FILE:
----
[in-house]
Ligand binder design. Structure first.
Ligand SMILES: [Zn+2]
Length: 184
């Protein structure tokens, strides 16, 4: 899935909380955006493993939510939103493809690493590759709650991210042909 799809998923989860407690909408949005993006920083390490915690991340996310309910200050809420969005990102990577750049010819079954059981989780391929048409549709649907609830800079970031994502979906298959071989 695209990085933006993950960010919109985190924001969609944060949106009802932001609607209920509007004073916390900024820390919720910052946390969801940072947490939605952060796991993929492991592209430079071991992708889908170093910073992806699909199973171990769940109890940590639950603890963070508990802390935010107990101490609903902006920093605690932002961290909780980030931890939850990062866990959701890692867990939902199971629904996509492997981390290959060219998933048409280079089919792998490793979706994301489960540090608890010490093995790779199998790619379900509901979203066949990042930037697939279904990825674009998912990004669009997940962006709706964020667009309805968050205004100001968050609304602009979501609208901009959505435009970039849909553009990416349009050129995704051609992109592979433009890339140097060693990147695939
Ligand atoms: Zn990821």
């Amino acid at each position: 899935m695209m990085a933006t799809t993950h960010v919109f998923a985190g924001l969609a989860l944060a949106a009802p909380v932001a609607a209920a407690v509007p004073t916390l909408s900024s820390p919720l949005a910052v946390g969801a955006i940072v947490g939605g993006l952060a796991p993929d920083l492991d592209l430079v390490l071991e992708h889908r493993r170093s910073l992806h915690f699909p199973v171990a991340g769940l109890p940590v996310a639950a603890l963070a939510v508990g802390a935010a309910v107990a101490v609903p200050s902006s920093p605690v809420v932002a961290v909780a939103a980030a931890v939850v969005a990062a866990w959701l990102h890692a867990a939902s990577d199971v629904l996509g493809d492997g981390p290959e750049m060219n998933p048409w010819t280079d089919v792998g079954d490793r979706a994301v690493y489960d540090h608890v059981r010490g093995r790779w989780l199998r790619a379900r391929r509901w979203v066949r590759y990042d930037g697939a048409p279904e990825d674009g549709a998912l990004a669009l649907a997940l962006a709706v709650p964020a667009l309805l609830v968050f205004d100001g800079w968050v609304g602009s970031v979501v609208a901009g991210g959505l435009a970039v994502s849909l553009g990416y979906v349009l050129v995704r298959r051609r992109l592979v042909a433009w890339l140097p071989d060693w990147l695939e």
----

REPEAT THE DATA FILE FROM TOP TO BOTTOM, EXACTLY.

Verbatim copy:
[in-house]
Ligand binder design. Structure first.
Ligand SMILES: [Zn+2]
Length: 184
């Protein structure tokens, strides 16, 4: 899935909380955006493993939510939103493809690493590759709650991210042909 799809998923989860407690909408949005993006920083390490915690991340996310309910200050809420969005990102990577750049010819079954059981989780391929048409549709649907609830800079970031994502979906298959071989 695209990085933006993950960010919109985190924001969609944060949106009802932001609607209920509007004073916390900024820390919720910052946390969801940072947490939605952060796991993929492991592209430079071991992708889908170093910073992806699909199973171990769940109890940590639950603890963070508990802390935010107990101490609903902006920093605690932002961290909780980030931890939850990062866990959701890692867990939902199971629904996509492997981390290959060219998933048409280079089919792998490793979706994301489960540090608890010490093995790779199998790619379900509901979203066949990042930037697939279904990825674009998912990004669009997940962006709706964020667009309805968050205004100001968050609304602009979501609208901009959505435009970039849909553009990416349009050129995704051609992109592979433009890339140097060693990147695939
Ligand atoms: Zn990821």
């Amino acid at each position: 899935m695209m990085a933006t799809t993950h960010v919109f998923a985190g924001l969609a989860l944060a949106a009802p909380v932001a609607a209920a407690v509007p004073t916390l909408s900024s820390p919720l949005a910052v946390g969801a955006i940072v947490g939605g993006l952060a796991p993929d920083l492991d592209l430079v390490l071991e992708h889908r493993r170093s910073l992806h915690f699909p199973v171990a991340g769940l109890p940590v996310a639950a603890l963070a939510v508990g802390a935010a309910v107990a101490v609903p200050s902006s920093p605690v809420v932002a961290v909780a939103a980030a931890v939850v969005a990062a866990w959701l990102h890692a867990a939902s990577d199971v629904l996509g493809d492997g981390p290959e750049m060219n998933p048409w010819t280079d089919v792998g079954d490793r979706a994301v690493y489960d540090h608890v059981r010490g093995r790779w989780l199998r790619a379900r391929r509901w979203v066949r590759y990042d930037g697939a048409p279904e990825d674009g549709a998912l990004a669009l649907a997940l962006a709706v709650p964020a667009l309805l609830v968050f205004d100001g800079w968050v609304g602009s970031v979501v609208a901009g991210g959505l435009a970039v994502s849909l553009g990416y979906v349009l050129v995704r298959r051609r992109l592979v042909a433009w890339l140097p071989d060693w990147l695939e």